It’s easy to glorify the country that you’ve expatriated to. You like to see the best in your surroundings and focus on all that is positive. At the end of the day, if you just focus on the negatives, then what was the point in leaving your home town?
However, it’s also important not to lose sight of reality. Looking back over my blog entries for the past few months, it’s abundantly clear that I’ve had a whale of a time in my new home. But all it takes is the blink of an eye before the reality of your situation kicks you in the teeth.
It’s a story as old as time and one that has been retold a hundred times over. Ironically, a cautionary tale that’s told by expats like myself, to unsuspecting tourists. But last night, it finally happened to us; my boyfriend was mugged.
Waiting for a xe ôm after a meal out with his work colleagues, a man approached him and tried to put his hand in his pocket. As my boyfriend wrestled with this man, a middle-aged woman approached from behind and made a clean sweep of his phone (unfortunately a relatively new smart phone) from his other pocket. She then swiftly jumped onto a motorbike and sped away, all the surrounding onlookers just sat idly as if watching their favourite sport on TV.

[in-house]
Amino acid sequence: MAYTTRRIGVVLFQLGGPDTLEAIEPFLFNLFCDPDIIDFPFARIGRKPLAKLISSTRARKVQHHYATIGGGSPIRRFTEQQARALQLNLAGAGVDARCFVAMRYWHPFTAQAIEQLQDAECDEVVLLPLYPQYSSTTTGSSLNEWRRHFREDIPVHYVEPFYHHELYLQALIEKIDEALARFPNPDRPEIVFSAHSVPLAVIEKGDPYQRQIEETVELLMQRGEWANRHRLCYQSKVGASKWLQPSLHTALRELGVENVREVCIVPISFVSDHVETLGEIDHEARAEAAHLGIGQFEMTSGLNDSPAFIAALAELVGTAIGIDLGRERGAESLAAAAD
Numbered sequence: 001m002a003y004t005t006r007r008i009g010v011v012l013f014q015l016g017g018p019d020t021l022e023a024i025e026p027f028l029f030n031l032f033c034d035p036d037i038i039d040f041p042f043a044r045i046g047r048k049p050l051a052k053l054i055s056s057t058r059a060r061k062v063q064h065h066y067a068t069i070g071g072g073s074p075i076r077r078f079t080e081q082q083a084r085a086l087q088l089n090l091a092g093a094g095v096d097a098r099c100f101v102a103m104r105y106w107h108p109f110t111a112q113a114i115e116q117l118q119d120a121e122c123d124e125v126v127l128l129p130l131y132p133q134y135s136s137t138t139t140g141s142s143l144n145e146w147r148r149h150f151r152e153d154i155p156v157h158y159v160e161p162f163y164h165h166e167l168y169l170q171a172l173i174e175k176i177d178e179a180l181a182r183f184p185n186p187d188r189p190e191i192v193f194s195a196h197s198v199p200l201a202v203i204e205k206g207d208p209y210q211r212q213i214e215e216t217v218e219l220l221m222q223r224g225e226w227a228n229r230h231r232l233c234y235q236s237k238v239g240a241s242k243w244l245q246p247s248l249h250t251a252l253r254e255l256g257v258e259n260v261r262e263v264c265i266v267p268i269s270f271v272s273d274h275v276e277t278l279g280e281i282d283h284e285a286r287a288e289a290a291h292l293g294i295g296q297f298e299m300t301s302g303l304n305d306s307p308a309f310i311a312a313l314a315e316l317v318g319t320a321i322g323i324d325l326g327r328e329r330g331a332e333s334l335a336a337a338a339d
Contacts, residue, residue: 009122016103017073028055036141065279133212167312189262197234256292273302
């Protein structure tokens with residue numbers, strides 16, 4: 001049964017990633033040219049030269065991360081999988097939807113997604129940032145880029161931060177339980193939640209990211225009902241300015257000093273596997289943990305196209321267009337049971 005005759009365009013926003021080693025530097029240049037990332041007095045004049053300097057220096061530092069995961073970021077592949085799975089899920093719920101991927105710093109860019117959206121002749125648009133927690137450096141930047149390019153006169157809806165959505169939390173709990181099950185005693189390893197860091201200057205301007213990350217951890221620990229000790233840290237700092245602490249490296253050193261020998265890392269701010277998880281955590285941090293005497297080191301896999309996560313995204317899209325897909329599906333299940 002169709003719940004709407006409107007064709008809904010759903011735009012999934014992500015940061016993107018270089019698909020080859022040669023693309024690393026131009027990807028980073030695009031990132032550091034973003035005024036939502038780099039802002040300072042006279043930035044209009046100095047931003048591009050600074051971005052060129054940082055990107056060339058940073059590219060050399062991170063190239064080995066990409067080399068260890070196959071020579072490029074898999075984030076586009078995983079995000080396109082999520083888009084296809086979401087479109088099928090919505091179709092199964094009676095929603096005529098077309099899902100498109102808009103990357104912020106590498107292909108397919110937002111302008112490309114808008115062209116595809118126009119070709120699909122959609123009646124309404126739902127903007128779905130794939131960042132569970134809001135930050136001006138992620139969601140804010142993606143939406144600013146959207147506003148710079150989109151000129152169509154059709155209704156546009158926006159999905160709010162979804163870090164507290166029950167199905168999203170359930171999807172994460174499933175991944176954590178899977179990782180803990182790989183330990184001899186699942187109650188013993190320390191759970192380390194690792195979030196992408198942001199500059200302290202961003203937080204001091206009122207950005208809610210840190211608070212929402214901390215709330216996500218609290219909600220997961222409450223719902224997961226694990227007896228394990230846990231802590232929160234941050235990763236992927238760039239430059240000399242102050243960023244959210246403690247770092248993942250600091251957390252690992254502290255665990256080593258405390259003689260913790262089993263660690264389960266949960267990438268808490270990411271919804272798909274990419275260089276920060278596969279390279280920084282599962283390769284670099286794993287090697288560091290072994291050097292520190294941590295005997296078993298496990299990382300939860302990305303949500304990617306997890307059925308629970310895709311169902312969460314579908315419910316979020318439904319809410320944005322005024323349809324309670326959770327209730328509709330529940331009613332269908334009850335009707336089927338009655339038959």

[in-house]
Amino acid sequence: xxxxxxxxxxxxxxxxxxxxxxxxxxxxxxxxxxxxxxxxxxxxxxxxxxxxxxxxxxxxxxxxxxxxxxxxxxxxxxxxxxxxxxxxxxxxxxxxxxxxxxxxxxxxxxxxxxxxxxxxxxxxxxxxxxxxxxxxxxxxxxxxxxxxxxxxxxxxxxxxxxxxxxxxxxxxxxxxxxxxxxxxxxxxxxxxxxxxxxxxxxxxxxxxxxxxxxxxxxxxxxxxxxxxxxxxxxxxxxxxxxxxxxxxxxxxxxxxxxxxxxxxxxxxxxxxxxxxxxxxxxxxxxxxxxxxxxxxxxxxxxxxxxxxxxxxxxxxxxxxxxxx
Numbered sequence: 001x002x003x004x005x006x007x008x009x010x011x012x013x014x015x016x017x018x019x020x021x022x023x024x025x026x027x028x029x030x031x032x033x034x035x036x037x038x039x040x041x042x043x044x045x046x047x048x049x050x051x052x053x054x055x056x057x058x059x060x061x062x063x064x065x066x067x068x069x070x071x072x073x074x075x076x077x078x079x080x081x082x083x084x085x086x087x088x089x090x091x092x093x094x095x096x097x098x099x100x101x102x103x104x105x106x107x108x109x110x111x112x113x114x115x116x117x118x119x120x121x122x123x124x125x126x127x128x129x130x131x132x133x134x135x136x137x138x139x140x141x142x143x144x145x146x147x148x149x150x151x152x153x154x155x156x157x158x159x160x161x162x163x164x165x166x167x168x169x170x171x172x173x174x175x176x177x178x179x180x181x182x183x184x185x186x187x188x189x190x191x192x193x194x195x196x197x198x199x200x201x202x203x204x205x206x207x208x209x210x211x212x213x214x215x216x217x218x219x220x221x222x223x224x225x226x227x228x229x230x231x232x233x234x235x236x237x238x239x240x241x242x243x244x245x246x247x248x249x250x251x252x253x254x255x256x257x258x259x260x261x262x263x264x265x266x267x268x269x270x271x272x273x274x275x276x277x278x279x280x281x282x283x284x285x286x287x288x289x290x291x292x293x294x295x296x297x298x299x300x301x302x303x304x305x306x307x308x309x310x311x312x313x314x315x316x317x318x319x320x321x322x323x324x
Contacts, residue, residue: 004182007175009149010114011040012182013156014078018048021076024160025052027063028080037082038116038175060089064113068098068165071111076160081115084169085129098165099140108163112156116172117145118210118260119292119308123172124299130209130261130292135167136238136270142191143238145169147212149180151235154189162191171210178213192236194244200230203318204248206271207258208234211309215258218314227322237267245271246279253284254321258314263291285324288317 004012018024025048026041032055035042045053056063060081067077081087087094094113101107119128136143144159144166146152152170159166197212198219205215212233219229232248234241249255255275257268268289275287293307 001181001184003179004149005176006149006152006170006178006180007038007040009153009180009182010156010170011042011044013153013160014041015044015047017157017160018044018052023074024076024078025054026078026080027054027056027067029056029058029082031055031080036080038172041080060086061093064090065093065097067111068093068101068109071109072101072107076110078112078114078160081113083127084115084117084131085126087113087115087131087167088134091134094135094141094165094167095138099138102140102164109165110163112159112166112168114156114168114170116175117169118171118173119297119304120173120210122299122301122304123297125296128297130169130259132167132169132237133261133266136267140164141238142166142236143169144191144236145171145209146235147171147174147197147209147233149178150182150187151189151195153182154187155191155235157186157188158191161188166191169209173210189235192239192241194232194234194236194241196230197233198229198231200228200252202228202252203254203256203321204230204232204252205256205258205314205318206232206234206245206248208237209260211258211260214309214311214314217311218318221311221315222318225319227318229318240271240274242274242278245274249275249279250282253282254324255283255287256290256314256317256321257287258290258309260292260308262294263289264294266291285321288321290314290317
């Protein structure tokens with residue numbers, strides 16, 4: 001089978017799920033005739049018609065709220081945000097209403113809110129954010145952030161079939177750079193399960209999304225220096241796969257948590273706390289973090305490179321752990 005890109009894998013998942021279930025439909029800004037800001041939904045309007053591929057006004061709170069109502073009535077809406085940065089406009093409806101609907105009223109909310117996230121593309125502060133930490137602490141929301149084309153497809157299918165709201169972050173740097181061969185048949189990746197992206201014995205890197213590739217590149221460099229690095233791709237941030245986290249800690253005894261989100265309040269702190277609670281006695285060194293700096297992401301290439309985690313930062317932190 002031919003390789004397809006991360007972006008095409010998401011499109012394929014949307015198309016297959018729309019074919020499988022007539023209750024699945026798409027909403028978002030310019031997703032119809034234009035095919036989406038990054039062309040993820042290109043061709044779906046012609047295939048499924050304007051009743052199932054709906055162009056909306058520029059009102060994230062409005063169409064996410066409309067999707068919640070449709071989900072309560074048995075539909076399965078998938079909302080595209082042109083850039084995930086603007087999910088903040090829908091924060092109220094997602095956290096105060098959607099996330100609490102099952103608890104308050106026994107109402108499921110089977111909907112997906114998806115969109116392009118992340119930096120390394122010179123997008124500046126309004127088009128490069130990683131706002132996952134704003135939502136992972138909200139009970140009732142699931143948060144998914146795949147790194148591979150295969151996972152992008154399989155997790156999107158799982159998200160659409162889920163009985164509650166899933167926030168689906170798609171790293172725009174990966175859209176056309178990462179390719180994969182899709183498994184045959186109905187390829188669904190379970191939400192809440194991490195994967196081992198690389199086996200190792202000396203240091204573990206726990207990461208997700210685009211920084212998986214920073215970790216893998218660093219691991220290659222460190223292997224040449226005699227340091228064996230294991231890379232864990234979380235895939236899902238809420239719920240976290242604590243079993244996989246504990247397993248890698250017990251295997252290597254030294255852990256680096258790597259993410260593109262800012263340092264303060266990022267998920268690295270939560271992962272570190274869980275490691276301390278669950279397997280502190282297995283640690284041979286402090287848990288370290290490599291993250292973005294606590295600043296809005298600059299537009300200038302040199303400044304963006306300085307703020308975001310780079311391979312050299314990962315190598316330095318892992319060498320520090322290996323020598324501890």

What upsets me most about this situation though, is just how much we give back to this society. We’re a tax paying citizens, who donate regularly to our local orphanage and, above all, provide an education which acts as the foundation to the future development of the country. We continually give back to this society that we call home and never ask for anything in return. Unlike some of the more affluent locals, we don’t flaunt our ‘wealth’, I only ever carry around $5 cash in my bag (a Tesco’s finest bag at that) and my phone is a beaten up old Nokia brick. Similarly, my boyfriend is always wary of using his smart phone overtly in public. Nothing about our general demeanour screams wealthy, except of course, the colour of our skin …
It is frustrating, that at times like these, you expect to be able to approach the police for help. You’d assume that’s our right as tax and law abiding residents (with residency cards to prove it!), but of course you can’t. It is so important that you never lose sight of the fact that Vietnam is still a developing country, ridden with poverty.
I love Saigon, and this incident hasn’t shaken my love for the Vietnamese population in general. The number of friendly locals we’ve met certainly out-weighs the hostile ones. I think it’s just an important message to send out to any expatriates or travellers passing through any developing country. It’s easy to say, “that will never happen to me” (we’ve been saying that for 2 years ourselves) but it can happen and when it does, you unfortunately just have to accept it and move on. It’s a cruel reality, but life’s just too short.